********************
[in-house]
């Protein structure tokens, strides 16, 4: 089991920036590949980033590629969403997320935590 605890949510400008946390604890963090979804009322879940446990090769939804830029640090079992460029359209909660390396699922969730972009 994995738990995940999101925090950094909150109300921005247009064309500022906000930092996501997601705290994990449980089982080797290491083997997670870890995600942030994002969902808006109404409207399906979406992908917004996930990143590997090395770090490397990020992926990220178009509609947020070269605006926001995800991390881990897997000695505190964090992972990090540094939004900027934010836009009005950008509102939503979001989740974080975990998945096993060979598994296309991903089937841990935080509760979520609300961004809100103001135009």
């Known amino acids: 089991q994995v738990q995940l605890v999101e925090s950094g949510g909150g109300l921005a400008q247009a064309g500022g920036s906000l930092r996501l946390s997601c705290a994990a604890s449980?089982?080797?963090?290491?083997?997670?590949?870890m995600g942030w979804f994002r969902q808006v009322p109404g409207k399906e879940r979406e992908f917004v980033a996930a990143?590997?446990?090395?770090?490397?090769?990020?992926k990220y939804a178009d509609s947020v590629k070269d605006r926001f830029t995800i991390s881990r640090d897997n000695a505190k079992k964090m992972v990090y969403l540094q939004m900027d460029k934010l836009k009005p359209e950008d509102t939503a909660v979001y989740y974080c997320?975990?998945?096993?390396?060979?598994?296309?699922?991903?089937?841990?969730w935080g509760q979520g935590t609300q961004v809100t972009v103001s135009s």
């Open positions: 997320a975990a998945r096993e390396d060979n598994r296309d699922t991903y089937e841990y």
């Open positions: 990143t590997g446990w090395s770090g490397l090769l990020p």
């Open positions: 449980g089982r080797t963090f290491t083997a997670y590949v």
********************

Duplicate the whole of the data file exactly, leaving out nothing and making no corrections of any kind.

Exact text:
[in-house]
């Protein structure tokens, strides 16, 4: 089991920036590949980033590629969403997320935590 605890949510400008946390604890963090979804009322879940446990090769939804830029640090079992460029359209909660390396699922969730972009 994995738990995940999101925090950094909150109300921005247009064309500022906000930092996501997601705290994990449980089982080797290491083997997670870890995600942030994002969902808006109404409207399906979406992908917004996930990143590997090395770090490397990020992926990220178009509609947020070269605006926001995800991390881990897997000695505190964090992972990090540094939004900027934010836009009005950008509102939503979001989740974080975990998945096993060979598994296309991903089937841990935080509760979520609300961004809100103001135009």
């Known amino acids: 089991q994995v738990q995940l605890v999101e925090s950094g949510g909150g109300l921005a400008q247009a064309g500022g920036s906000l930092r996501l946390s997601c705290a994990a604890s449980?089982?080797?963090?290491?083997?997670?590949?870890m995600g942030w979804f994002r969902q808006v009322p109404g409207k399906e879940r979406e992908f917004v980033a996930a990143?590997?446990?090395?770090?490397?090769?990020?992926k990220y939804a178009d509609s947020v590629k070269d605006r926001f830029t995800i991390s881990r640090d897997n000695a505190k079992k964090m992972v990090y969403l540094q939004m900027d460029k934010l836009k009005p359209e950008d509102t939503a909660v979001y989740y974080c997320?975990?998945?096993?390396?060979?598994?296309?699922?991903?089937?841990?969730w935080g509760q979520g935590t609300q961004v809100t972009v103001s135009s």
């Open positions: 997320a975990a998945r096993e390396d060979n598994r296309d699922t991903y089937e841990y």
């Open positions: 990143t590997g446990w090395s770090g490397l090769l990020p």
């Open positions: 449980g089982r080797t963090f290491t083997a997670y590949v």